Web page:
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Could The Canacol Energy Ltd (TSE:CNE) Ownership Structure Tell Us Something Useful?

Simply Wall St

If you want to know who really controls Canacol Energy Ltd (TSE:CNE), then you'll have to look at the makeup of its share registry. Institutions will often hold stock in bigger companies, and we expect to see insiders owning a noticeable percentage of the smaller ones. Companies that used to be publicly owned tend to have lower insider ownership.

Canacol Energy is a smaller company with a market capitalization of CA$731m, so it may still be flying under the radar of many institutional investors. In the chart below below, we can see that institutions own shares in the company. We can zoom in on the different ownership groups, to learn more about CNE.

View our latest analysis for Canacol Energy

TSX:CNE Ownership Summary, April 22nd 2019

What Does The Institutional Ownership Tell Us About Canacol Energy?

Institutions typically measure themselves against a benchmark when reporting to their own investors, so they often become more enthusiastic about a stock once it's included in a major index. We would expect most companies to have some institutions on the register, especially if they are growing.

We can see that Canacol Energy does have institutional investors; and they hold 7.0% of the stock. This suggests some credibility amongst professional investors. But we can't rely on that fact alone, since institutions make bad investments sometimes, just like everyone does. It is not uncommon to see a big share price drop if two large institutional investors try to sell out of a stock at the same time. So it is worth checking the past earnings trajectory of Canacol Energy, (below). Of course, keep in mind that there are other factors to consider, too.

TSX:CNE Income Statement, April 22nd 2019

Canacol Energy is not owned by hedge funds. Quite a few analysts cover the stock, so you could look into forecast growth quite easily.

Insider Ownership Of Canacol Energy

The definition of company insiders can be subjective, and does vary between jurisdictions. Our data reflects individual insiders, capturing board members at the very least. The company management answer to the board; and the latter should represent the interests of shareholders. Notably, sometimes top-level managers are on the board, themselves.

Insider ownership is positive when it signals leadership are thinking like the true owners of the company. However, high insider ownership can also give immense power to a small group within the company. This can be negative in some circumstances.

Our most recent data indicates that insiders own some shares in Canacol Energy Ltd. As individuals, the insiders collectively own CA$17m worth of the CA$731m company. This shows at least some alignment. You can click here to see if those insiders have been buying or selling.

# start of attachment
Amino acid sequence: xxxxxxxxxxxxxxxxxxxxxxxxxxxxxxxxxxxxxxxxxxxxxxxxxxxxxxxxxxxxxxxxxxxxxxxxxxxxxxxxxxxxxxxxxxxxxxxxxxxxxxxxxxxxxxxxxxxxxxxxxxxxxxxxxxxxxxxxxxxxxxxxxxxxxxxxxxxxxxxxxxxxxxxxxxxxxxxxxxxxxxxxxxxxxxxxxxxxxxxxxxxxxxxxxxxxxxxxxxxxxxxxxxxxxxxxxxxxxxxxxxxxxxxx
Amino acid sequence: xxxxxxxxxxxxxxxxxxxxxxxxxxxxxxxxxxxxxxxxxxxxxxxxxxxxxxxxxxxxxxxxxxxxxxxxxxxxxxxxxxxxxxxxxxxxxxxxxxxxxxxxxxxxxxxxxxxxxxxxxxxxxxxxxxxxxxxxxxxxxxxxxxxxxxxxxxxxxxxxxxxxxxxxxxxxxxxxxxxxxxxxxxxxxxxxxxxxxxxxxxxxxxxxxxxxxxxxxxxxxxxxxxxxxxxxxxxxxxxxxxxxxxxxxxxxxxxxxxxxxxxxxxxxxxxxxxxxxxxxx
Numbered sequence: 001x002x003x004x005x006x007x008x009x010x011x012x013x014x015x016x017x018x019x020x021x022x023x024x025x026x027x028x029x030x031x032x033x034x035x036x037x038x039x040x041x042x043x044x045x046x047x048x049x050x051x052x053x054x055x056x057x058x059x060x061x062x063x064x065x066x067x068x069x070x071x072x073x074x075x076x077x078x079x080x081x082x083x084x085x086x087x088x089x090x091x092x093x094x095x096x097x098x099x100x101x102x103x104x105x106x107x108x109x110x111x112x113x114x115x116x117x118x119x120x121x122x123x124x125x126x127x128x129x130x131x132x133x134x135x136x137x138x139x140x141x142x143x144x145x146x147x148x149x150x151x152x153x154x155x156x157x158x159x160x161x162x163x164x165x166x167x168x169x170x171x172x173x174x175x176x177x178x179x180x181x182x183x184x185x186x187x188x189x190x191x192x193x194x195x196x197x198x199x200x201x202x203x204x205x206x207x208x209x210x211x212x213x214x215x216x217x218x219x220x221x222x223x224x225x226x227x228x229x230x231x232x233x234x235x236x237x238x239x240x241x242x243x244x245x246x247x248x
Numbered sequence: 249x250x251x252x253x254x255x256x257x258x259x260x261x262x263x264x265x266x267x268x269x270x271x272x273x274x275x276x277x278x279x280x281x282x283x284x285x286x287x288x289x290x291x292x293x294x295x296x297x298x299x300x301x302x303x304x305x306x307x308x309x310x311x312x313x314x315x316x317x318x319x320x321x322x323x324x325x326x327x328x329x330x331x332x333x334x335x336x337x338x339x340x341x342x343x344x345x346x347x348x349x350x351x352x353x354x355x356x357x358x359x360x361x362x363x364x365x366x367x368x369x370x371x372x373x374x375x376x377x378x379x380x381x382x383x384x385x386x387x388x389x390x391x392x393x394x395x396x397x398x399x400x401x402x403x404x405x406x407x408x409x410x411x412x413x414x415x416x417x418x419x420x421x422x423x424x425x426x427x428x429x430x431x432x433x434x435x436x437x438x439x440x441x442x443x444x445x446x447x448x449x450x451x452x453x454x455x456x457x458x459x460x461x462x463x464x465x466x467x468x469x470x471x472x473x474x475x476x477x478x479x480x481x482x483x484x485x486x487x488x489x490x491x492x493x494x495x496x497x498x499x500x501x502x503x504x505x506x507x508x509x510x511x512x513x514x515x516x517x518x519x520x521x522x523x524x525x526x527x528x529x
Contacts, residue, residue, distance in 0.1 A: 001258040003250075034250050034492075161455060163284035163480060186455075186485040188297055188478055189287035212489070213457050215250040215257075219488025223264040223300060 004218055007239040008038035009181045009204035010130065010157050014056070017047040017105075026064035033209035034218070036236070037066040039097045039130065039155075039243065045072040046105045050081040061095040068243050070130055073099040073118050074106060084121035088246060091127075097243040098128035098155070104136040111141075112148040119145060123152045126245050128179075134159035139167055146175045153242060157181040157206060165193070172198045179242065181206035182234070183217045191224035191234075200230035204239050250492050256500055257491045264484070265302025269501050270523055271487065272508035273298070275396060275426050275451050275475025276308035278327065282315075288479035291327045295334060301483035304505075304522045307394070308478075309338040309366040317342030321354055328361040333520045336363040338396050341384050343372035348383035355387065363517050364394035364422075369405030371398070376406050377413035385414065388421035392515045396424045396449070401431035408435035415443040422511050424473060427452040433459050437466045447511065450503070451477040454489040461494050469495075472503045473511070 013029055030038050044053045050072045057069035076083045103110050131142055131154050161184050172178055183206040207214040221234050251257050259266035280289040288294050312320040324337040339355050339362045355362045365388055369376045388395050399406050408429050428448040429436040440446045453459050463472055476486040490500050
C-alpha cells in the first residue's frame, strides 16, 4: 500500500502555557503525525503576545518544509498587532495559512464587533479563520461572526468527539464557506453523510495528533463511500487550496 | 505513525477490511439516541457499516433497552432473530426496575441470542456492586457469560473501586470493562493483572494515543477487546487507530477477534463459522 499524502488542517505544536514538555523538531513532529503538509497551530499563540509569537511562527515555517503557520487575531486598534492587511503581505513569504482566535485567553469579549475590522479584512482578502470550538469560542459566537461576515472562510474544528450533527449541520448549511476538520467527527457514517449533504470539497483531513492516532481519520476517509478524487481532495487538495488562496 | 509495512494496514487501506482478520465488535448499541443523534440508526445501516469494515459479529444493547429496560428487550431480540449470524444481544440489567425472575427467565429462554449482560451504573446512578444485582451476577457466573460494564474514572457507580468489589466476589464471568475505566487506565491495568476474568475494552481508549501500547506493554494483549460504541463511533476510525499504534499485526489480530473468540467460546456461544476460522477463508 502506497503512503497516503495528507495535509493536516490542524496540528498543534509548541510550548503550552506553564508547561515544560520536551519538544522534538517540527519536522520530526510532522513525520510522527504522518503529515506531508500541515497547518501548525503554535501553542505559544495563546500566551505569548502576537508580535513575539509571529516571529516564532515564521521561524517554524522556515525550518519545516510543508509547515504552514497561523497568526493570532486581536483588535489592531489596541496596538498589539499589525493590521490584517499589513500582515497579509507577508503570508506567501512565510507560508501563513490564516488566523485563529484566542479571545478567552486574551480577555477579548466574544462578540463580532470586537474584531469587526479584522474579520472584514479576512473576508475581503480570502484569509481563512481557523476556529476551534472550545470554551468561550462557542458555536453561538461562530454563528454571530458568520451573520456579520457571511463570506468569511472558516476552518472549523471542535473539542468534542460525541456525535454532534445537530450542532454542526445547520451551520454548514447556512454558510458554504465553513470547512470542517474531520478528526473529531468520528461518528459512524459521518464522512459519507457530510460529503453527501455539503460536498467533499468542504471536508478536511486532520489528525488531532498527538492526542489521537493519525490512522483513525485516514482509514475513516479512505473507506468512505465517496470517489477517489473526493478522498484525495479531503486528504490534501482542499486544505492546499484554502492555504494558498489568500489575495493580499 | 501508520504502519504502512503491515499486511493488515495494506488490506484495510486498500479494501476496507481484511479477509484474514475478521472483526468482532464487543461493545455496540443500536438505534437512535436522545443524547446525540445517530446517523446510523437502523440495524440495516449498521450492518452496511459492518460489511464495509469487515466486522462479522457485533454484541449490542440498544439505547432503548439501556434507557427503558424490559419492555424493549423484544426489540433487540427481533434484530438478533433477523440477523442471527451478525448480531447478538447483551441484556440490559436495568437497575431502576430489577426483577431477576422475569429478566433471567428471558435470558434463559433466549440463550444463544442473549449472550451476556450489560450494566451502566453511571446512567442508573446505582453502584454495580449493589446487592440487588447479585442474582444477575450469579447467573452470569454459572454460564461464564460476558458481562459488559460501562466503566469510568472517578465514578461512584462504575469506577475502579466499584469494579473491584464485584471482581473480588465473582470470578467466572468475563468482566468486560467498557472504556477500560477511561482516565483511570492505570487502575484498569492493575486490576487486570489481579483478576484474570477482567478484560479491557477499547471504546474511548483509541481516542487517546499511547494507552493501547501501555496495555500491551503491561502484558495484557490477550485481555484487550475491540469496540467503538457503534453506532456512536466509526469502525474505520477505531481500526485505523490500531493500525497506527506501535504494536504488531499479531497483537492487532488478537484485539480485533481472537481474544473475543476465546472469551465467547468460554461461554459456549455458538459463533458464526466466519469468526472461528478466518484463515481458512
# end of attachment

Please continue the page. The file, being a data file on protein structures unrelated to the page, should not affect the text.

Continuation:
General Public Ownership

The general public, who are mostly retail investors, collectively hold 72% of Canacol Energy shares. This level of ownership gives retail investors the power to sway key policy decisions such as board composition, executive compensation, and the dividend payout ratio.

Private Equity Ownership

Private equity firms hold a 18% stake in CNE. This suggests they can be influential in key policy decisions. Sometimes we see private equity stick around for the long term, but generally speaking they have a shorter investment horizon and -- as the name suggests -- don't invest in public companies much. After some time they may look to sell and redeploy capital elsewhere.

Next Steps:

It's always worth thinking about the different groups who own shares in a company. But to understand Canacol Energy better, we need to consider many other factors.

Many find it useful to take an in depth look at how a company has performed in the past. You can access this detailed graph of past earnings, revenue and cash flow .

Ultimately the future is most important. You can access this free report on analyst forecasts for the company.

NB: Figures in this article are calculated using data from the last twelve months, which refer to the 12-month period ending on the last date of the month the financial statement is dated. This may not be consistent with full year annual report figures.

We aim to bring you long-term focused research analysis driven by fundamental data. Note that our analysis may not factor in the latest price-sensitive company announcements or qualitative material.

If you spot an error that warrants correction, please contact the editor at editorial-team@simplywallst.com. This article by Simply Wall St is general in nature. It does not constitute a recommendation to buy or sell any stock, and does not take account of your objectives, or your financial situation. Simply Wall St has no position in the stocks mentioned. Thank you for reading.